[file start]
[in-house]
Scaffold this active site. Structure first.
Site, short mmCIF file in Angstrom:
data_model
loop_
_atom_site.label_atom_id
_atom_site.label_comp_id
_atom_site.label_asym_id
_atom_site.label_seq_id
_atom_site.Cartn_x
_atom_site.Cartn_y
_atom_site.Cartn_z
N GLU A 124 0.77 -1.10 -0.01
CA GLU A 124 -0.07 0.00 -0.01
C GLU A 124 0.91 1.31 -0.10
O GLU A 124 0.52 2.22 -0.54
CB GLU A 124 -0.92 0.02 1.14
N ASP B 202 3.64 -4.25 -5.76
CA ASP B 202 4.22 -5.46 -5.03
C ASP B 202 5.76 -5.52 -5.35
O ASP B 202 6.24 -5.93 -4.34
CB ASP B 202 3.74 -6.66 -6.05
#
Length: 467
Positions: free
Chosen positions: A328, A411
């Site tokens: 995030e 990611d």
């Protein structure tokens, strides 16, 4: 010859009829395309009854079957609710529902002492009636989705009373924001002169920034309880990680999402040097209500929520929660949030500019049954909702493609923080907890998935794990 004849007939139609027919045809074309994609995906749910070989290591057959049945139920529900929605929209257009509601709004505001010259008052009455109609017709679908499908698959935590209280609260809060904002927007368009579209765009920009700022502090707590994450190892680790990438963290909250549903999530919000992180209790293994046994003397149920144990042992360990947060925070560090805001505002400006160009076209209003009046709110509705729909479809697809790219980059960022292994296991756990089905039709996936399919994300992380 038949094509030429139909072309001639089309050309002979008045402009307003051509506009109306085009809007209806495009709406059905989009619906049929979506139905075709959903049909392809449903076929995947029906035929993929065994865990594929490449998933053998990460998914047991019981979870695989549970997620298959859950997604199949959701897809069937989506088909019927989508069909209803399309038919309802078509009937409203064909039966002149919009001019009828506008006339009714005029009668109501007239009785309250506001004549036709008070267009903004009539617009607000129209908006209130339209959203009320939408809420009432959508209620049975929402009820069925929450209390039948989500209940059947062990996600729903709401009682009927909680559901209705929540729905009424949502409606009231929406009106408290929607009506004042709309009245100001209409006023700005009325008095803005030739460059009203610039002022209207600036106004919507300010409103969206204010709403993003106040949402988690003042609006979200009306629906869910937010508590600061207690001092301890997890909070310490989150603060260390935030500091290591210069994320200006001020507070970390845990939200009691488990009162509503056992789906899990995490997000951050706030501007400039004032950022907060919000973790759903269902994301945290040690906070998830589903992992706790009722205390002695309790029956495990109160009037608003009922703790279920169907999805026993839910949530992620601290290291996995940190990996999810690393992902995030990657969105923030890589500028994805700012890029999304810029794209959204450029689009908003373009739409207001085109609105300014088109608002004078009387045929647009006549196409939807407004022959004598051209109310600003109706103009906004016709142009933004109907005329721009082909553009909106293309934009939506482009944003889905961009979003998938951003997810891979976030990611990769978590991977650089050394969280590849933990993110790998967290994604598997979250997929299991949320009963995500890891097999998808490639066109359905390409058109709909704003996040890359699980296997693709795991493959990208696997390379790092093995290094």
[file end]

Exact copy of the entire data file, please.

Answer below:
[in-house]
Scaffold this active site. Structure first.
Site, short mmCIF file in Angstrom:
data_model
loop_
_atom_site.label_atom_id
_atom_site.label_comp_id
_atom_site.label_asym_id
_atom_site.label_seq_id
_atom_site.Cartn_x
_atom_site.Cartn_y
_atom_site.Cartn_z
N GLU A 124 0.77 -1.10 -0.01
CA GLU A 124 -0.07 0.00 -0.01
C GLU A 124 0.91 1.31 -0.10
O GLU A 124 0.52 2.22 -0.54
CB GLU A 124 -0.92 0.02 1.14
N ASP B 202 3.64 -4.25 -5.76
CA ASP B 202 4.22 -5.46 -5.03
C ASP B 202 5.76 -5.52 -5.35
O ASP B 202 6.24 -5.93 -4.34
CB ASP B 202 3.74 -6.66 -6.05
#
Length: 467
Positions: free
Chosen positions: A328, A411
């Site tokens: 995030e 990611d």
């Protein structure tokens, strides 16, 4: 010859009829395309009854079957609710529902002492009636989705009373924001002169920034309880990680999402040097209500929520929660949030500019049954909702493609923080907890998935794990 004849007939139609027919045809074309994609995906749910070989290591057959049945139920529900929605929209257009509601709004505001010259008052009455109609017709679908499908698959935590209280609260809060904002927007368009579209765009920009700022502090707590994450190892680790990438963290909250549903999530919000992180209790293994046994003397149920144990042992360990947060925070560090805001505002400006160009076209209003009046709110509705729909479809697809790219980059960022292994296991756990089905039709996936399919994300992380 038949094509030429139909072309001639089309050309002979008045402009307003051509506009109306085009809007209806495009709406059905989009619906049929979506139905075709959903049909392809449903076929995947029906035929993929065994865990594929490449998933053998990460998914047991019981979870695989549970997620298959859950997604199949959701897809069937989506088909019927989508069909209803399309038919309802078509009937409203064909039966002149919009001019009828506008006339009714005029009668109501007239009785309250506001004549036709008070267009903004009539617009607000129209908006209130339209959203009320939408809420009432959508209620049975929402009820069925929450209390039948989500209940059947062990996600729903709401009682009927909680559901209705929540729905009424949502409606009231929406009106408290929607009506004042709309009245100001209409006023700005009325008095803005030739460059009203610039002022209207600036106004919507300010409103969206204010709403993003106040949402988690003042609006979200009306629906869910937010508590600061207690001092301890997890909070310490989150603060260390935030500091290591210069994320200006001020507070970390845990939200009691488990009162509503056992789906899990995490997000951050706030501007400039004032950022907060919000973790759903269902994301945290040690906070998830589903992992706790009722205390002695309790029956495990109160009037608003009922703790279920169907999805026993839910949530992620601290290291996995940190990996999810690393992902995030990657969105923030890589500028994805700012890029999304810029794209959204450029689009908003373009739409207001085109609105300014088109608002004078009387045929647009006549196409939807407004022959004598051209109310600003109706103009906004016709142009933004109907005329721009082909553009909106293309934009939506482009944003889905961009979003998938951003997810891979976030990611990769978590991977650089050394969280590849933990993110790998967290994604598997979250997929299991949320009963995500890891097999998808490639066109359905390409058109709909704003996040890359699980296997693709795991493959990208696997390379790092093995290094």